Military leaders addressing low recruitment crisis across branches

The branch suffering the most with low recruitment is the army.
The branch suffering the most with low recruitment is the army.(WWBT)
Published: Nov. 11, 2022 at 6:42 PM EST
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FORT LEE, Va. (WWBT) -As we take time to honor our soldiers, our military branches across our nation are not fighting on the battlefield but are also fighting to get more Americans to join our armed forces.

It’s a crisis plaguing our nation’s best line of defense.

“Pre-pandemic, the coast guard experienced a downturn in recruiting. We were expecting to get around 3500. We ended up getting 2900 people,” said Captain Richter Tipton.

The United States military is struggling to get enough people to fill our armed forces.

“The nation requires our army to fight and win its wars, said Major General Mark Simerly. “And for that, we have to have a high quality, diverse, inclusive workforce in the army. It really is important to get it right. It really is important that we are able to bring in young Americans to serve and show them the pathway to service.”

This year the fight to meet the recruitment goal across all military branches was lost. Some branches missed the mark by nearly 15 percent.

“I need to get to 4200. I came into this year at 2800,” said Capt. Tipton. “I’m short 1400 people this year. And I need to fix that.”

The US Army is one of the branches suffering the most from low recruitment.

“For each year, there is a specific target, and in this past year which ended in the fiscal year on 1 October, we failed to meet that mission for the first time in several years, and it was a pretty substantial portion that we didn’t meet,” said Maj. Gen. Simerly.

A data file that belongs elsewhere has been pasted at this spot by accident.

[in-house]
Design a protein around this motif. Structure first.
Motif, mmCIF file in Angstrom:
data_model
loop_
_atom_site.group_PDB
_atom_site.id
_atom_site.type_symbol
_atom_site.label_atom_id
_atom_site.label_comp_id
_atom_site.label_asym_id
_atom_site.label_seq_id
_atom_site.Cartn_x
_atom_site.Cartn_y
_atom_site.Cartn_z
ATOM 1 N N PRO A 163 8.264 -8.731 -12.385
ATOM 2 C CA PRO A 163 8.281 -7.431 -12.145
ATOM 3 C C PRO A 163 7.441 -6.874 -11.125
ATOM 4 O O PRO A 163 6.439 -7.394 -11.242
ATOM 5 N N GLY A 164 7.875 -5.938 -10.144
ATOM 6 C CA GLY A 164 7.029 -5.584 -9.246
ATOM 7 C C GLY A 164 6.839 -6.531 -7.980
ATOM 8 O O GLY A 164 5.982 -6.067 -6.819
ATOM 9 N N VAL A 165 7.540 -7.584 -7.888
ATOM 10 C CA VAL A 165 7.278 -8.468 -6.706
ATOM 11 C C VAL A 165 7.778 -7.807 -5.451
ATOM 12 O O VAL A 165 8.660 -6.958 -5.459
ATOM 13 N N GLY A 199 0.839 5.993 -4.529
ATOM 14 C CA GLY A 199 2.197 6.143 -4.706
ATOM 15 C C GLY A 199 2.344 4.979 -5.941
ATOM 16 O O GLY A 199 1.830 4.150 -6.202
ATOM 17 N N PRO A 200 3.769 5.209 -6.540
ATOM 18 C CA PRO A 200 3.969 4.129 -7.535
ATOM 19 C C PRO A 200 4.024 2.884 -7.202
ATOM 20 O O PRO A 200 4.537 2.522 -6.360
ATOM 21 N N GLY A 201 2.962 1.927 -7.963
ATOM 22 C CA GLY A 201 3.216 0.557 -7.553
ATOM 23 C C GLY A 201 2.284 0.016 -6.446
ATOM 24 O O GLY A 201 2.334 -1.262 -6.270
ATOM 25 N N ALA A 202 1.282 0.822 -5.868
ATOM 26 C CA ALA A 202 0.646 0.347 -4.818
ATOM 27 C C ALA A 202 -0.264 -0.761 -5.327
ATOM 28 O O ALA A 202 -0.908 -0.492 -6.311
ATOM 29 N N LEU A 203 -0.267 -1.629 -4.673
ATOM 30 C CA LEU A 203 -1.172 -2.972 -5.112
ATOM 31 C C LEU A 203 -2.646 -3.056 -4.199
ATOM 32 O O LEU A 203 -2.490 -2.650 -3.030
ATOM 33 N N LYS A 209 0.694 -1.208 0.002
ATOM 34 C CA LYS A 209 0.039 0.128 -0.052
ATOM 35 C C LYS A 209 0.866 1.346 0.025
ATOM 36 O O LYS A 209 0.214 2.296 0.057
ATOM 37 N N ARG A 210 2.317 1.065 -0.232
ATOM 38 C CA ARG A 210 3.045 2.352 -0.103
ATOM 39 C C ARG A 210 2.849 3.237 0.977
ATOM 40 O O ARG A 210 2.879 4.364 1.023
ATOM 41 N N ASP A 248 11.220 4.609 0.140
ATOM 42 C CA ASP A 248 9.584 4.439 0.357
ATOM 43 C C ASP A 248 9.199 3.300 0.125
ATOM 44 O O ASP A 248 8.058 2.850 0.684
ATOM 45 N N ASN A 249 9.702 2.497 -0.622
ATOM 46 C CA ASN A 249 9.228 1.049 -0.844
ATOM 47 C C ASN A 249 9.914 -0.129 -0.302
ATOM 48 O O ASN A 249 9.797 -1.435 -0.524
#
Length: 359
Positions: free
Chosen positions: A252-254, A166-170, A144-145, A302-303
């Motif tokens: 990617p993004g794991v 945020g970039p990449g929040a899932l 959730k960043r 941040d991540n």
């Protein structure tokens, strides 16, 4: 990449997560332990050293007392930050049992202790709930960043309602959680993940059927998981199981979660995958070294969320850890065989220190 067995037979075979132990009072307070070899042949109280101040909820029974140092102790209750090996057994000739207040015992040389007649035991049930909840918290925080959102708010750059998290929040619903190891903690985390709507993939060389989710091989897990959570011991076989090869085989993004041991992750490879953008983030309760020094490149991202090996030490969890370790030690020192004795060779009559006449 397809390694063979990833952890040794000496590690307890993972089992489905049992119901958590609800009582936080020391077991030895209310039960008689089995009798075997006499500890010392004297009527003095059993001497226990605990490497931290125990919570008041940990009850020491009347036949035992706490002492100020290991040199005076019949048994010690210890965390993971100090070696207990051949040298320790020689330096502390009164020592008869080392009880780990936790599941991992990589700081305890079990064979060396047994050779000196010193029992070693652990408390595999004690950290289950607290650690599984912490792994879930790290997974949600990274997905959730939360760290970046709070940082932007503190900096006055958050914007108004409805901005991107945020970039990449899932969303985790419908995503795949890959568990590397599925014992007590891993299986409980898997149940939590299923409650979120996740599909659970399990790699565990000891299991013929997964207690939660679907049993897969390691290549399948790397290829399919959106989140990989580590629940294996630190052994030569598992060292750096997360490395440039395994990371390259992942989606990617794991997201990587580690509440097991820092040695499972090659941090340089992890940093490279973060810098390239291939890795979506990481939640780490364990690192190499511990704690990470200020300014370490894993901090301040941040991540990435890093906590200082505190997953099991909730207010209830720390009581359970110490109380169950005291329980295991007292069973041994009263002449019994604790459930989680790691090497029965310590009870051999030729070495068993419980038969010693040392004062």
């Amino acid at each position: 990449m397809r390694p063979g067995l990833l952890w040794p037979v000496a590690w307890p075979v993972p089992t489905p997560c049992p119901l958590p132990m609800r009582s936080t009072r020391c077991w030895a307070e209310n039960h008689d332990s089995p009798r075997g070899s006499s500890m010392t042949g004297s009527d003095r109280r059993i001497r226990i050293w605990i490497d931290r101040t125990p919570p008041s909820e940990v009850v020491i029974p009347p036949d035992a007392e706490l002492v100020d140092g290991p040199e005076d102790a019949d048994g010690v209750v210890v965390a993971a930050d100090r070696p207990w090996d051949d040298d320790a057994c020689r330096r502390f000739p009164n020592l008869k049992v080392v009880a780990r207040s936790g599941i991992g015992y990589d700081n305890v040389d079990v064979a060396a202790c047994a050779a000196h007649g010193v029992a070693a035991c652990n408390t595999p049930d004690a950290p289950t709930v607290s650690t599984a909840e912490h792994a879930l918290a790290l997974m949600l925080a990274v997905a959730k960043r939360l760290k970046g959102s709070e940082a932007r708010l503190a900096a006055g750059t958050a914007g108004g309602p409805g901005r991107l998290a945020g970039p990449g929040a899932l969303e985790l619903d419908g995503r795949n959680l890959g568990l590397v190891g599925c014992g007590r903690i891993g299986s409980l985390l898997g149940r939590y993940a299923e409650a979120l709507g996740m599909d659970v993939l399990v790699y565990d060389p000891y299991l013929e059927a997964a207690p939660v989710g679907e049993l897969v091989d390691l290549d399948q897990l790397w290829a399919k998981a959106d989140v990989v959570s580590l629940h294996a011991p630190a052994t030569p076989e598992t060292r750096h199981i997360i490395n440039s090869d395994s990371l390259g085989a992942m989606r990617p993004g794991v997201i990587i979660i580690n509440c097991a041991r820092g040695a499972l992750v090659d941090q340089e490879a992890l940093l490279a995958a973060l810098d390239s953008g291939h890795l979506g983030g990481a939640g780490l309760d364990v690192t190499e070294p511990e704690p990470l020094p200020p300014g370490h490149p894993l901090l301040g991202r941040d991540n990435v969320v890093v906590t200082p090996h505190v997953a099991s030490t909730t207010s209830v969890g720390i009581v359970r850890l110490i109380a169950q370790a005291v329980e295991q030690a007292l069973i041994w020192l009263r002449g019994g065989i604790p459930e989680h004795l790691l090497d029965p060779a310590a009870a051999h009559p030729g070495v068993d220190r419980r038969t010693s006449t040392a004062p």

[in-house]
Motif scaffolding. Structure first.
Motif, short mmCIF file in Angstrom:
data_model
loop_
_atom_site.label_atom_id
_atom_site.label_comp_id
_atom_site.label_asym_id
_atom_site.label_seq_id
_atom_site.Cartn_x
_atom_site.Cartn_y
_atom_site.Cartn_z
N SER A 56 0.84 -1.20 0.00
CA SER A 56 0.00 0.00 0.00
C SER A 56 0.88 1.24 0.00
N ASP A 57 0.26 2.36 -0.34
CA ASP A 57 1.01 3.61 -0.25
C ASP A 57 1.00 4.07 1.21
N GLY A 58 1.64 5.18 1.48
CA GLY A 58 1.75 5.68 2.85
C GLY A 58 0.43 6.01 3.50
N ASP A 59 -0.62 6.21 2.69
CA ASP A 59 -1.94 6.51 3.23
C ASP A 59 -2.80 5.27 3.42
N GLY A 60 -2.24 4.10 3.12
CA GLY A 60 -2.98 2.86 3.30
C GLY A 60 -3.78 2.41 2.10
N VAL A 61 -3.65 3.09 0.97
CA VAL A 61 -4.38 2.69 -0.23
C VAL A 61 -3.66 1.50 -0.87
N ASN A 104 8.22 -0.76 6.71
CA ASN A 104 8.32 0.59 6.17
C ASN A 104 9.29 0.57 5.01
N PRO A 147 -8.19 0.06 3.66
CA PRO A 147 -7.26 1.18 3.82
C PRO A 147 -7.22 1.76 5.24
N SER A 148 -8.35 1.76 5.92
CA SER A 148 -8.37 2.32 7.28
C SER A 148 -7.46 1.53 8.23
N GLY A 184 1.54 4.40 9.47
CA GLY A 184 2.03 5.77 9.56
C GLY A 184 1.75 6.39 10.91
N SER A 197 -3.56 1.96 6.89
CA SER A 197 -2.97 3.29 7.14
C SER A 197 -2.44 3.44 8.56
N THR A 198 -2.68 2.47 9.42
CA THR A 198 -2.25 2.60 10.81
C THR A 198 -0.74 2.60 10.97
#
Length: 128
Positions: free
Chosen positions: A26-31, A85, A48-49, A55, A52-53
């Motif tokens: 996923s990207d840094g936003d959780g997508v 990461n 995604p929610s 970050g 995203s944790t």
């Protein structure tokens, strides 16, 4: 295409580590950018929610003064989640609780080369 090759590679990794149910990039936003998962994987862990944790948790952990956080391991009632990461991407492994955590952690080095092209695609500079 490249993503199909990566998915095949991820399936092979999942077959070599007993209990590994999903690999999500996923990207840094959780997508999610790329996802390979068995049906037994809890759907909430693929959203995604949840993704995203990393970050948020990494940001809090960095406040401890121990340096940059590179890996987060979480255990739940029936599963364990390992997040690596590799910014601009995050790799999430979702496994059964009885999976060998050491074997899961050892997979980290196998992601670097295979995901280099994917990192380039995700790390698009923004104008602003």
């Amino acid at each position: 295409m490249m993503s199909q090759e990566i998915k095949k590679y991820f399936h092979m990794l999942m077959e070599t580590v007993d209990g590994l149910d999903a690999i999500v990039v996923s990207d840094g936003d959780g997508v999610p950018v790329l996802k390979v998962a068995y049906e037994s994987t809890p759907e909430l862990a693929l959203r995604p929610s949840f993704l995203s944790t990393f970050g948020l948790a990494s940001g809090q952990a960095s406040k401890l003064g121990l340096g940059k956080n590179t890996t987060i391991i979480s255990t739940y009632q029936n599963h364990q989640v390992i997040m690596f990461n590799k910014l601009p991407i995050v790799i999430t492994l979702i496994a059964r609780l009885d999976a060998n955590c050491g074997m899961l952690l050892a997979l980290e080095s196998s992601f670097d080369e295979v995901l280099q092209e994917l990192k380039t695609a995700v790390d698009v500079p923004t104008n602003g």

According to various reports, the United States army, our nation’s largest military service, is falling short of between 10 and 15 thousand recruits this year. And the optimism for a solution in 2023 is relatively low.

“You know what? I’ve heard our army leaders say they think this is a long-term challenge for us,” said Maj. Gen. Simerly.

The growing recruitment problem falls on a variety of factors.

“Shifting demographics, COVID, policy changes, all of those things all at once,” said Capt. Tipton. “All of those things make this much more complicated.”

Through all of these challenges, and without lowering any standards, branches across our military are strategically coming up with solutions to get those recruitment numbers up to ensure the success of our military in the future.

“When our soldiers come in on a conditional basis, and we teach them how to tests basic arithmetic also reading and comprehension, and we work on the physical fitness, and I think that’s going to be successful in the future too,” said Command Sgt. Maj. Marco Torres.

They also share bonuses of up to 50 thousand dollars and the opportunity to choose where to serve as additional incentives.

“We are really leaning forward to making it a much more conducive work environment,” said Capt. Tipton.

But with all those strategies in place, they say the most significant way to combat the low numbers is by hitting the ground and sharing what it truly means to serve in the united states military.

“We have an obligation for those of us who are serving to get out into the public and share that story,” said Maj. Gen. Simerly.

The fiscal year for the military’s recruitment goal has ended, so they are putting most of their efforts into their recruiting goals for 2023.

Military leaders say it is necessary to meet these goals, so it doesn’t negatively impact our frontline workers in the future.